7. Data Publishing & Distribution – Related Topics: Publishing Industry vs Apple/Google/Facebook… iPad – Flash vs HTML5 video…

Summary Insights:

  1. Traditional marketing is not a ‘social’ activity so don’t apply its mindset to Social Media or Social Networks – Related topics: Top down vs bottom up, one directional vs multi-directional, multi-channel multi-media/um)
  2. Facebook, Twitter and LinkedIn are all very different – please recognize/realize this!
  3. If you’re starting a website I suggest ‘self-hosting it for a minimal fee’ and host its content where possible (but make sure its shareable and embeddable elsewhere) and build in measurement tools (I recommend WordPress and Google Analytics – then SEO and Google Adwords can come later – at least build the foundations with a sensible database format like MySQL/XML)
  4. Social Media is the playground of Individuals, agile business’s and entrepreneurs
  5. Social Media’s real strength is in its possibilities, ideas and connections to inspiring minds and challenging opinions
  6. If you choose to use Social Media then be prepared to participate (build identity/trust/respect/transparency/connections through participation in conversations and inspiring/useful/unique content) – listen and learn, apply the 2 ears 1 mouth philosophy of a BarCamp – be prepared for criticism and address it, don’t brush it under the carpet – focus on quality not quantity, long ‘unique’ blog posts are worth much more to your community than short posts of information they can already find elsewhere ‘don’t create noise, create gems!’ – build your content into a story, narrative is often engaging if it has a plot!
  7. Please be aware that 3rd party services can and will change their business models – I personally believe services like Twitter will start charging businesses and providing limited data (API) access to individuals very soon (its likely other services will start advertising in your content feed), don’t put all your eggs in one basket in terms of YouTube for video, check great services like (its equipped with widgets and analytics) and be aware of using short url services ( is my current preference but even I’ve got a long list of improvements to make to my blog)
  8. Social Media Communication is not a replacement for traditional marketing, attending events or real-world face-to-face meetups or conversations over coffee/beer, it is simply a supporting channel – get out and meet people! put your twitter address on your business card and use #hashtags! > when social online meets social offline true value is realized (both ROI and SROI FTW!) see >, Tuttle.101 and many more!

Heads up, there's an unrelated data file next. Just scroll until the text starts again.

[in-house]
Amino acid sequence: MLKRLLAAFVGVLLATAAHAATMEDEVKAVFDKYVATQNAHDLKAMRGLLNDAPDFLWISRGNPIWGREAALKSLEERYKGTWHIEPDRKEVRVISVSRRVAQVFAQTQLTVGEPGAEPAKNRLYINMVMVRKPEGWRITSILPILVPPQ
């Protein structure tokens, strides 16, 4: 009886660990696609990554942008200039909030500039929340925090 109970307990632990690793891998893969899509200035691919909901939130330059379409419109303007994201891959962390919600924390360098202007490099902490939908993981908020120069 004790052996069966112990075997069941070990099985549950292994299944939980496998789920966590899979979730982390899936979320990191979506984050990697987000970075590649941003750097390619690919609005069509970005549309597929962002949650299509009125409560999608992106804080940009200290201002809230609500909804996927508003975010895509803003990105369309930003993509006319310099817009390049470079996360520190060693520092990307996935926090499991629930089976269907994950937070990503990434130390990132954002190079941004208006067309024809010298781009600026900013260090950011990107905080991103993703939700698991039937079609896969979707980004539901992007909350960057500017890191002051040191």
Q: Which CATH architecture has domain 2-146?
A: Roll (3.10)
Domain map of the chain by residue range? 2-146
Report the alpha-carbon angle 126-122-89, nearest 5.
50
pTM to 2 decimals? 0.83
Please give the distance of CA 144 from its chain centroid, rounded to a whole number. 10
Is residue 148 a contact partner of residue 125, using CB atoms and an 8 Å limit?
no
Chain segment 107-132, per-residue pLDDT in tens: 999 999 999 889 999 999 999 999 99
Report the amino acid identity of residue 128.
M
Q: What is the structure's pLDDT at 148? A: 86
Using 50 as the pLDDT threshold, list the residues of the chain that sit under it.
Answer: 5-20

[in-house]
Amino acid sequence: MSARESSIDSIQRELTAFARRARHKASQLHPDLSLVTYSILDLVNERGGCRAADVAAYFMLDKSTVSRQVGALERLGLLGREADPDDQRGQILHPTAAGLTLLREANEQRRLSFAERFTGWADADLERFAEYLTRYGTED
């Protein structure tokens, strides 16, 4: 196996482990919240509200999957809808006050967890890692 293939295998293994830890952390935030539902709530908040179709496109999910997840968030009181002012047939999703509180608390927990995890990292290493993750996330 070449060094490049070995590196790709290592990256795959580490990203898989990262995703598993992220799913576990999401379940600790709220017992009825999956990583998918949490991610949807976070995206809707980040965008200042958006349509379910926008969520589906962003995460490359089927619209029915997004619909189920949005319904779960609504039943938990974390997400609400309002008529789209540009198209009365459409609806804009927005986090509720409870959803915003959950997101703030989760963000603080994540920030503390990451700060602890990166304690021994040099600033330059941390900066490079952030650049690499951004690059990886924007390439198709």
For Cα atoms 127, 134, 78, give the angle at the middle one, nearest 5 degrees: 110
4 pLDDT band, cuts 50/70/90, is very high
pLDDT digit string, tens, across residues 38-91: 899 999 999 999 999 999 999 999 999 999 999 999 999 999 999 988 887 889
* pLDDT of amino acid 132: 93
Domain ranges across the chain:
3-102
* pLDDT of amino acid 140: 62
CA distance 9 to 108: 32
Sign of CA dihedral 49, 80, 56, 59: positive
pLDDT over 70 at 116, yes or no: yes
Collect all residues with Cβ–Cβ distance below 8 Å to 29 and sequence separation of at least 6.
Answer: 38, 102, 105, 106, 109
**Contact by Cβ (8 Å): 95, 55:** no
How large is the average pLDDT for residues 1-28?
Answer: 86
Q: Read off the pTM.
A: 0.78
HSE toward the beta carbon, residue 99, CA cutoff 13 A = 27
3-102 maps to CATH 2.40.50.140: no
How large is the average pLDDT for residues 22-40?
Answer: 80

Please do checkout these resources – click the links below:

This is a better introduction to me >my @fellowcreative padawan blog-post<
Do you have a Facebook?
BBCs Virtual Revolution series (you should find all 4 episodes on YouTube)
TED Video on Creative Commons
Online Ethics and Digital Legacy
The UK Digital Economy Bill
Entrepreneurship Advice from the founders of Air B&B (4 episodes in total)
The future of Game & Play
(watch the embeded video!)
Seth Godin’s post entitled ‘The Ubiquity of Competition’
(check all his blog content!)

The Social Web for SMEs & NGOs

Dear SME and NGO’s: The text below was published in October 2009. A newer 2010 article may provide yet further insight: Social Media Elementals.

The following information is not supplied as legal advice or consultancy, it’s quite simply a small offering of my continually developing experience and thought process. If you are a small business owner or third sector employee I hope it proves useful by delivering food for thought.

I am not a Computer Programmer or Web Developer, nor am I a Social Media Consultant, but I do pay them to work alongside me.

I designed and launched this very website 6 months ago but due to time limitations and cashflow its never had all the features I’d ideally like. However, during the past 6 months it has still received over 11,000 visits, equating to over 20,000 page views. In terms of well known blogs or online content resources these statistics are minuscule but I think they may prove to be of interest given some key facts: at no point have I spent any money on marketing or print promotion, nor have I paid for services like Google Adwords or Search Engine Optimization (SEO); but perhaps even more interestingly ‘I deliver services based on experience and ideas, I don’t actually sell any online products’ and I’ve written no more than 22 blog posts (this one now being the 23rd).

I decided to write this blog post for five key reasons: